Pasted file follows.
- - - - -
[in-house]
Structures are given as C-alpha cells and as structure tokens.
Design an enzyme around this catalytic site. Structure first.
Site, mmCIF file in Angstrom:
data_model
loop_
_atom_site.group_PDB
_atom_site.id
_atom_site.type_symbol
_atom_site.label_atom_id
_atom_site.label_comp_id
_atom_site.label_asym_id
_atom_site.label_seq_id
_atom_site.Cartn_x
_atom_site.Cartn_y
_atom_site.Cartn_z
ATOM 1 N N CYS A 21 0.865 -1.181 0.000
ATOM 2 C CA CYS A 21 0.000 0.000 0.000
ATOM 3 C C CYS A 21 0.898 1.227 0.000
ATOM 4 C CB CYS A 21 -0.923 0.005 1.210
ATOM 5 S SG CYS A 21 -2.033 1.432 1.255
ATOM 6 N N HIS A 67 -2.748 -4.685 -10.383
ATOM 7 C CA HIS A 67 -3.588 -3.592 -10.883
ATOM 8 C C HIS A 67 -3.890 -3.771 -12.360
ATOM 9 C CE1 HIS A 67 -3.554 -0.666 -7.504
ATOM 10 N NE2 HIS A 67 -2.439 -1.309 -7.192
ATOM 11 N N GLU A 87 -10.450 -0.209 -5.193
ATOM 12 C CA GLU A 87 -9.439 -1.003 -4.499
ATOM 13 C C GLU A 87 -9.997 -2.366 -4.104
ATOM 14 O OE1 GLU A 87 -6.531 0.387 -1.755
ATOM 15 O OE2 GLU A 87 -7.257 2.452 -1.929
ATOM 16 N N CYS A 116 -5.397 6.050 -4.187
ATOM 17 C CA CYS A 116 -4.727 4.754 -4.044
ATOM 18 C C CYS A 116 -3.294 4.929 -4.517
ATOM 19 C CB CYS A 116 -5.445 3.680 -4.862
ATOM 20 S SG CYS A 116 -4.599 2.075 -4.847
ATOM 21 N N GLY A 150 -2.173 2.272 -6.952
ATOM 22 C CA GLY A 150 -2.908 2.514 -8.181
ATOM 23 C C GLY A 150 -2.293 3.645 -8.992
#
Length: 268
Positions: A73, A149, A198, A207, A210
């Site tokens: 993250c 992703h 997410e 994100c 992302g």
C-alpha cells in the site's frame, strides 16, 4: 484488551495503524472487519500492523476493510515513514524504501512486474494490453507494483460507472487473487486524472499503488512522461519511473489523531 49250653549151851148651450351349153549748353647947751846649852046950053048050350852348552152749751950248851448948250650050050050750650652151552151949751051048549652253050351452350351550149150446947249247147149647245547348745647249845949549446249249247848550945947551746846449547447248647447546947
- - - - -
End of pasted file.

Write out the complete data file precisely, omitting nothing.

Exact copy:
[in-house]
Structures are given as C-alpha cells and as structure tokens.
Design an enzyme around this catalytic site. Structure first.
Site, mmCIF file in Angstrom:
data_model
loop_
_atom_site.group_PDB
_atom_site.id
_atom_site.type_symbol
_atom_site.label_atom_id
_atom_site.label_comp_id
_atom_site.label_asym_id
_atom_site.label_seq_id
_atom_site.Cartn_x
_atom_site.Cartn_y
_atom_site.Cartn_z
ATOM 1 N N CYS A 21 0.865 -1.181 0.000
ATOM 2 C CA CYS A 21 0.000 0.000 0.000
ATOM 3 C C CYS A 21 0.898 1.227 0.000
ATOM 4 C CB CYS A 21 -0.923 0.005 1.210
ATOM 5 S SG CYS A 21 -2.033 1.432 1.255
ATOM 6 N N HIS A 67 -2.748 -4.685 -10.383
ATOM 7 C CA HIS A 67 -3.588 -3.592 -10.883
ATOM 8 C C HIS A 67 -3.890 -3.771 -12.360
ATOM 9 C CE1 HIS A 67 -3.554 -0.666 -7.504
ATOM 10 N NE2 HIS A 67 -2.439 -1.309 -7.192
ATOM 11 N N GLU A 87 -10.450 -0.209 -5.193
ATOM 12 C CA GLU A 87 -9.439 -1.003 -4.499
ATOM 13 C C GLU A 87 -9.997 -2.366 -4.104
ATOM 14 O OE1 GLU A 87 -6.531 0.387 -1.755
ATOM 15 O OE2 GLU A 87 -7.257 2.452 -1.929
ATOM 16 N N CYS A 116 -5.397 6.050 -4.187
ATOM 17 C CA CYS A 116 -4.727 4.754 -4.044
ATOM 18 C C CYS A 116 -3.294 4.929 -4.517
ATOM 19 C CB CYS A 116 -5.445 3.680 -4.862
ATOM 20 S SG CYS A 116 -4.599 2.075 -4.847
ATOM 21 N N GLY A 150 -2.173 2.272 -6.952
ATOM 22 C CA GLY A 150 -2.908 2.514 -8.181
ATOM 23 C C GLY A 150 -2.293 3.645 -8.992
#
Length: 268
Positions: A73, A149, A198, A207, A210
């Site tokens: 993250c 992703h 997410e 994100c 992302g």
C-alpha cells in the site's frame, strides 16, 4: 484488551495503524472487519500492523476493510515513514524504501512486474494490453507494483460507472487473487486524472499503488512522461519511473489523531 49250653549151851148651450351349153549748353647947751846649852046950053048050350852348552152749751950248851448948250650050050050750650652151552151949751051048549652253050351452350351550149150446947249247147149647245547348745647249845949549446249249247848550945947551746846449547447248647447546947